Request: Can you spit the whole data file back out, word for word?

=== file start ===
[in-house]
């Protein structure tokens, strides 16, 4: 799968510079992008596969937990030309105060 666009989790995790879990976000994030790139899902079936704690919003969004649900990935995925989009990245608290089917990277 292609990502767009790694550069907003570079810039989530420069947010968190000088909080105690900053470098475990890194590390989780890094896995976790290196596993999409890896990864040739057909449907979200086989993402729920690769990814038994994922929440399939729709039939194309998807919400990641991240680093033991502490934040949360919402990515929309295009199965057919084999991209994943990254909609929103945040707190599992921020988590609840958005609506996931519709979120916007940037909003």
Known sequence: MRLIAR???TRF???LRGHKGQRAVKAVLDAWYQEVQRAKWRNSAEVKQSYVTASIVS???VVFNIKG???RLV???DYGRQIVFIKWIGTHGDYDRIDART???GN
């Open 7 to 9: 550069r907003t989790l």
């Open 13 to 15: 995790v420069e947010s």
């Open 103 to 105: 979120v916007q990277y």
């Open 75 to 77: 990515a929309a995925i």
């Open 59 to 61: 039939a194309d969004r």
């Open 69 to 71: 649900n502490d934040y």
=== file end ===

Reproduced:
[in-house]
């Protein structure tokens, strides 16, 4: 799968510079992008596969937990030309105060 666009989790995790879990976000994030790139899902079936704690919003969004649900990935995925989009990245608290089917990277 292609990502767009790694550069907003570079810039989530420069947010968190000088909080105690900053470098475990890194590390989780890094896995976790290196596993999409890896990864040739057909449907979200086989993402729920690769990814038994994922929440399939729709039939194309998807919400990641991240680093033991502490934040949360919402990515929309295009199965057919084999991209994943990254909609929103945040707190599992921020988590609840958005609506996931519709979120916007940037909003």
Known sequence: MRLIAR???TRF???LRGHKGQRAVKAVLDAWYQEVQRAKWRNSAEVKQSYVTASIVS???VVFNIKG???RLV???DYGRQIVFIKWIGTHGDYDRIDART???GN
């Open 7 to 9: 550069r907003t989790l």
């Open 13 to 15: 995790v420069e947010s």
């Open 103 to 105: 979120v916007q990277y």
């Open 75 to 77: 990515a929309a995925i």
């Open 59 to 61: 039939a194309d969004r």
């Open 69 to 71: 649900n502490d934040y």